Know Your English

Know your English — What is the meaning and origin of ‘go against the grain’?

What is the meaning and origin of ‘go against the grain’?

(Manoj Das, Cuttack)

This expression was in existence long before Shakespeare started writing his plays. According to scholars, however, it was the dramatist who popularised the use of the idiom. He first used it in his play Coriolanus. When you tell someone that he is ‘going against the grain’, you mean that he is doing the exact opposite of what he normally does. He is not doing what is expected of him.

*Shwetha doesn’t like asking people for help. It goes against the grain.

*He is going against the grain by trying to be an honest politician.

According to one theory, the expression comes from the world of carpentry. The fine lines that you find on a piece of wood are called ‘grain’. If you wish to smoothen wood, for best results, you should run the tool you are using ‘along’ the grain, and not ‘against’ it.

Why is a woman sometimes referred to as ‘black widow’?

(K. Sunitha, Bhopal)

In the insect world, a black widow is a poisonous spider that usually consumes or eats its partner after mating with him. In the case of human beings, the term is frequently used to refer to a woman who murders her husband or her significant other. There is a term to refer to a man who murders his wife — ‘bluebeard’. It is the name of a character from a literary folktale (‘La Barbe Bleue’). In the story, the villain is a vicious French aristocrat with an ugly blue beard. This individual is in the habit of killing the woman he marries. When he marries for the seventh time, his new wife turns the tables on him — with the help of her family, she manages to kill him. Some believe that the story is based on the life of the French aristocrat Giles de Rais; a serial killer who made many women disappear.

How is the word ‘prescient’ pronounced?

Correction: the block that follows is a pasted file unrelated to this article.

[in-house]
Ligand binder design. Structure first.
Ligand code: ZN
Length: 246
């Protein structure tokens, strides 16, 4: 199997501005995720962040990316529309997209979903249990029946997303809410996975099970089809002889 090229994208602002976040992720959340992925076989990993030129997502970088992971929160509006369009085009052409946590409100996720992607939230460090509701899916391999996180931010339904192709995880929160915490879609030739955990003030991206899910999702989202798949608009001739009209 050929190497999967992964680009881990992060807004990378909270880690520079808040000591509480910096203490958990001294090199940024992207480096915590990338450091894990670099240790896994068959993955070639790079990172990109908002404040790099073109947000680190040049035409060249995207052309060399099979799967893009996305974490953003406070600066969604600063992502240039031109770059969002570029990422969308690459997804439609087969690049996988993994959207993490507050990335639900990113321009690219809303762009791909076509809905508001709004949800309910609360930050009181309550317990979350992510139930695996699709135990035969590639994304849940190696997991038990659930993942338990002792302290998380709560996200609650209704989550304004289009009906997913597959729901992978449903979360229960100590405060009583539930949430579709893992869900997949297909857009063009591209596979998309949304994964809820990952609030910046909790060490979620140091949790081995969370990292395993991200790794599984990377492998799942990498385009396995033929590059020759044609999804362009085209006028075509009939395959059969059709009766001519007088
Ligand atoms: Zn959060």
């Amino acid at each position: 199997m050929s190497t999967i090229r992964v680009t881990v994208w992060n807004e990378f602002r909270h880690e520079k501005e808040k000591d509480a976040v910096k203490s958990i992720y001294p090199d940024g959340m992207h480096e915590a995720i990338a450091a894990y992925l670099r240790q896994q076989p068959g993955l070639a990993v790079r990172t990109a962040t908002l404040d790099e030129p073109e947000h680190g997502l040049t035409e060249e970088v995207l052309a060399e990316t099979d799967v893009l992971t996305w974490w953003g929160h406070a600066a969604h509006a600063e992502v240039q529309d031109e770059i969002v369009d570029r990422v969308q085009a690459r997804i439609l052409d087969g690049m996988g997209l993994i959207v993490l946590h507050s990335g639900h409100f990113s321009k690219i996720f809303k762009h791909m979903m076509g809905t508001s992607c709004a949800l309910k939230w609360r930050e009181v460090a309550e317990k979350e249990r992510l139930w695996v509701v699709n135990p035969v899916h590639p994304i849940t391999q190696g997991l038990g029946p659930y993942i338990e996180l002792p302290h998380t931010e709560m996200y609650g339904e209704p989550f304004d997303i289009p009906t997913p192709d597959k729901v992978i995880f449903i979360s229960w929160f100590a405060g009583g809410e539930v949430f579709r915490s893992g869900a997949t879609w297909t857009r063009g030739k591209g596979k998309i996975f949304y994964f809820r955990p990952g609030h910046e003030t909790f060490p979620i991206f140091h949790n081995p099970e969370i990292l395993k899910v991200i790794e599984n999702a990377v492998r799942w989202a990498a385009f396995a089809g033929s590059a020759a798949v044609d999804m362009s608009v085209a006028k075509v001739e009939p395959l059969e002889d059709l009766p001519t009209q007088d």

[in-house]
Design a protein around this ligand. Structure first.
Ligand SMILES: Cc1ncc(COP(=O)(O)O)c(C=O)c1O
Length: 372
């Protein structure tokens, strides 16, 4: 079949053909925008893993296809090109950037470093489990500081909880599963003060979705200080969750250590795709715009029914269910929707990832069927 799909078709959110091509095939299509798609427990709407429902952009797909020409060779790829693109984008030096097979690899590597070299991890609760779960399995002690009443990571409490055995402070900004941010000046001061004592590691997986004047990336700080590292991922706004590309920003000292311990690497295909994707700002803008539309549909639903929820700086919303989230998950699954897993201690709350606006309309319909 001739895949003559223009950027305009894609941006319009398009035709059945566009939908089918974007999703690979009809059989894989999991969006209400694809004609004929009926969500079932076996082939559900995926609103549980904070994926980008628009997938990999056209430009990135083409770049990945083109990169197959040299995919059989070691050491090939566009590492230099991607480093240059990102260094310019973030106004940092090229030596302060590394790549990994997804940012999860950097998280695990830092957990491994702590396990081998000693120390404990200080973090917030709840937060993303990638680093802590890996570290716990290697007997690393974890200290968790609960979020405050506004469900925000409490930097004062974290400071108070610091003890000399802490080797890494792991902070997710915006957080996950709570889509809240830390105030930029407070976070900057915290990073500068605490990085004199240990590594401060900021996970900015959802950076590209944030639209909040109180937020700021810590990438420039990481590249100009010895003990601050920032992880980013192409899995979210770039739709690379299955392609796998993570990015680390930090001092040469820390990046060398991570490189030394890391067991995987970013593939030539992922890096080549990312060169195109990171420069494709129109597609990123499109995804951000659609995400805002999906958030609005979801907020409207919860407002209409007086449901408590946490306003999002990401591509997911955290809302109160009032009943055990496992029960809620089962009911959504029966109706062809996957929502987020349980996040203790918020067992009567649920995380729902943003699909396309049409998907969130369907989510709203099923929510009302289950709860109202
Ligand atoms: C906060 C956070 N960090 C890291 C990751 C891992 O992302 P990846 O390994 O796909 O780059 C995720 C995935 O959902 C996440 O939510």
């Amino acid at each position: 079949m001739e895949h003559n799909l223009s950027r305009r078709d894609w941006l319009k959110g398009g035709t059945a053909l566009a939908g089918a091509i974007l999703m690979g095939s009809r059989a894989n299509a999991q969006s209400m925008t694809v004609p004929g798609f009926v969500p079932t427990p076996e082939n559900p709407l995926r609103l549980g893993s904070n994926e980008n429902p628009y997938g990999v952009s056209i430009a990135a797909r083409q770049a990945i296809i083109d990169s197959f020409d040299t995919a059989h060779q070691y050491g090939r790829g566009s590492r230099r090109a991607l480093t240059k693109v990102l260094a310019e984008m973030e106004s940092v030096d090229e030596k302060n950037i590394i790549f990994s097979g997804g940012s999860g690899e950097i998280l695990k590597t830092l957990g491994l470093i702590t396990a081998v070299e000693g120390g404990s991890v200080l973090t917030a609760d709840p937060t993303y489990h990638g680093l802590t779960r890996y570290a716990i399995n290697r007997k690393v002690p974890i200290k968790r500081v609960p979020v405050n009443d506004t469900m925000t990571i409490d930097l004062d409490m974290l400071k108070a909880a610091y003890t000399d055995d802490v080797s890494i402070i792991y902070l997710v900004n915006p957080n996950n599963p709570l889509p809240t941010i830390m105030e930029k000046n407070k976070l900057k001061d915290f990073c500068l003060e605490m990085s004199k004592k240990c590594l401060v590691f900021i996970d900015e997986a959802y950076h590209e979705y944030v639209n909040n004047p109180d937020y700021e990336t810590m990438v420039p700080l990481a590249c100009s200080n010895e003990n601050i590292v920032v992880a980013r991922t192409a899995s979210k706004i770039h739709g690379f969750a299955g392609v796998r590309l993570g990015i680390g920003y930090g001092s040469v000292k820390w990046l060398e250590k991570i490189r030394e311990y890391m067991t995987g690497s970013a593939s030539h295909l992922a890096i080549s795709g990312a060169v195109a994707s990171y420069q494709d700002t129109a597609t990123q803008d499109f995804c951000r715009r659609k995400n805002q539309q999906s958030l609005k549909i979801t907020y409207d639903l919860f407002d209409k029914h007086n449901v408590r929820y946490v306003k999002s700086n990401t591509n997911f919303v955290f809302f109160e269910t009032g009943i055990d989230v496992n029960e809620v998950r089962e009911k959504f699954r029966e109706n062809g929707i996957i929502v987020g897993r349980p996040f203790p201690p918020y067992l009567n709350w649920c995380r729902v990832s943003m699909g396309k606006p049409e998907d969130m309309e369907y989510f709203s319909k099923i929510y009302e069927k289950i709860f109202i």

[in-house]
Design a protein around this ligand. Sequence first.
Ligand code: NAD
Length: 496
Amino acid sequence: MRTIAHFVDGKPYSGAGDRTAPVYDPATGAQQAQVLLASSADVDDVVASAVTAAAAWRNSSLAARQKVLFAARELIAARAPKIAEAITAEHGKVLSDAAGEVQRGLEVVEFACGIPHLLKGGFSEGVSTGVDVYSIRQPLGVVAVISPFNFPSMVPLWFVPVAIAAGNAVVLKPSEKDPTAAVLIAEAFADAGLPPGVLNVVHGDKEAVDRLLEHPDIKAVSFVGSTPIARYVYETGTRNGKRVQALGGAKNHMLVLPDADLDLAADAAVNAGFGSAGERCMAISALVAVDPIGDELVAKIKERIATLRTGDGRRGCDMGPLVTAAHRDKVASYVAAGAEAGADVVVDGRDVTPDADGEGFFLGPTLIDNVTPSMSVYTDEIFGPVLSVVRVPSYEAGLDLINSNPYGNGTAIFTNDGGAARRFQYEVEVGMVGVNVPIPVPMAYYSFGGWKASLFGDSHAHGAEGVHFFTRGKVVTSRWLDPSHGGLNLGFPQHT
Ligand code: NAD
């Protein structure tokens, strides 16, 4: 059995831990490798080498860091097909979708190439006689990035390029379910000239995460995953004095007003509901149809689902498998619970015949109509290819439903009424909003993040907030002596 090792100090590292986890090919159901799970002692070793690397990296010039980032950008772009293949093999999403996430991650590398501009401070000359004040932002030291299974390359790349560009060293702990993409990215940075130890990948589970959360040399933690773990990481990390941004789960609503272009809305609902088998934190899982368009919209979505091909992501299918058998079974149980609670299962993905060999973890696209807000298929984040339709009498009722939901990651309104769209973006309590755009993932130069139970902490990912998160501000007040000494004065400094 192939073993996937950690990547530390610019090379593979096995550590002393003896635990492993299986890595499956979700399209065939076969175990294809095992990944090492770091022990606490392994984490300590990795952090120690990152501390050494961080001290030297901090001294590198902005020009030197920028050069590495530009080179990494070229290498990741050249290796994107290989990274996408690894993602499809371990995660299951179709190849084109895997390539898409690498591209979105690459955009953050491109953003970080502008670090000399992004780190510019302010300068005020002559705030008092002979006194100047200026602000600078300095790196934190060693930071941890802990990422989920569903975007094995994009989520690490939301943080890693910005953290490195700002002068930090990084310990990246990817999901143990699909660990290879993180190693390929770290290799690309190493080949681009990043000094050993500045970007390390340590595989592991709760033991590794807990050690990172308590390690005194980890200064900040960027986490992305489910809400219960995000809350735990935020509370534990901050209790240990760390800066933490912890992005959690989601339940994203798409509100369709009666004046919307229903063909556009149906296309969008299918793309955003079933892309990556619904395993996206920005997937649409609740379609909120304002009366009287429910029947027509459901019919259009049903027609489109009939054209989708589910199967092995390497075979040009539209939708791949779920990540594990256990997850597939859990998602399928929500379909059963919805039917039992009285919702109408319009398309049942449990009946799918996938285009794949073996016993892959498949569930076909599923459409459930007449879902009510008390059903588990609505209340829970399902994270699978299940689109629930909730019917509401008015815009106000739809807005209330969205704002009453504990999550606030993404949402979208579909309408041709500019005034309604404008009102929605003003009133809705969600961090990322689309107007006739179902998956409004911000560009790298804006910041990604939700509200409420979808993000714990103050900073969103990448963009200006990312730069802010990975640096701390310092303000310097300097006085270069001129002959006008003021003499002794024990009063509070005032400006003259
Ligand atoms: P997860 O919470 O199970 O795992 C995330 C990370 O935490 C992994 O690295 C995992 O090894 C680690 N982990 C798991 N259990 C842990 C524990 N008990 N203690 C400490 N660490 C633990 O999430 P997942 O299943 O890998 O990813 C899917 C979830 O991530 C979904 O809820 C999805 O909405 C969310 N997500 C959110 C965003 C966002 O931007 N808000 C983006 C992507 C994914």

(C.V. Geetha, Ernakulam)

There seem to be different ways of pronouncing this rather formal word. Some people rhyme the first syllable ‘presc’ with the word ‘fresh’, while others pronounce it like the word ‘press’. The following ‘i’ is like the ‘i’ in ‘bit’, ‘kit’ and ‘sit’, and the ‘e’ is like the ‘a’ in ‘china’. The word can be pronounced PRESH-i-ent or PRESS-i-ent with the stress on the first syllable. It comes from the Latin ‘prae’ meaning ‘before’ and ‘scire’ meaning ‘to know’. The word literally means having the ability to foretell or predict what is likely to happen in the future.

*No one was willing to listen to his prescient warnings.

*Rahul predicted the outcome with amazing prescience.

When you call someone ‘calculating’ are you being complimentary?

(Dinesh Kumar, New Delhi)

No, you are not; you are being the exact opposite. When the word ‘calculating’ is used with an individual, it suggests that the person is devious or crafty. You are saying he is a scheming individual, always driven by self-interest. Most people disapprove of those who are calculating.

*I don’t like Laxman. He is cold and calculating.


“Life was much easier when Apple and Blackberry were just fruits.”Unknown

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Printable version | Jan 21, 2022 2:23:14 AM |

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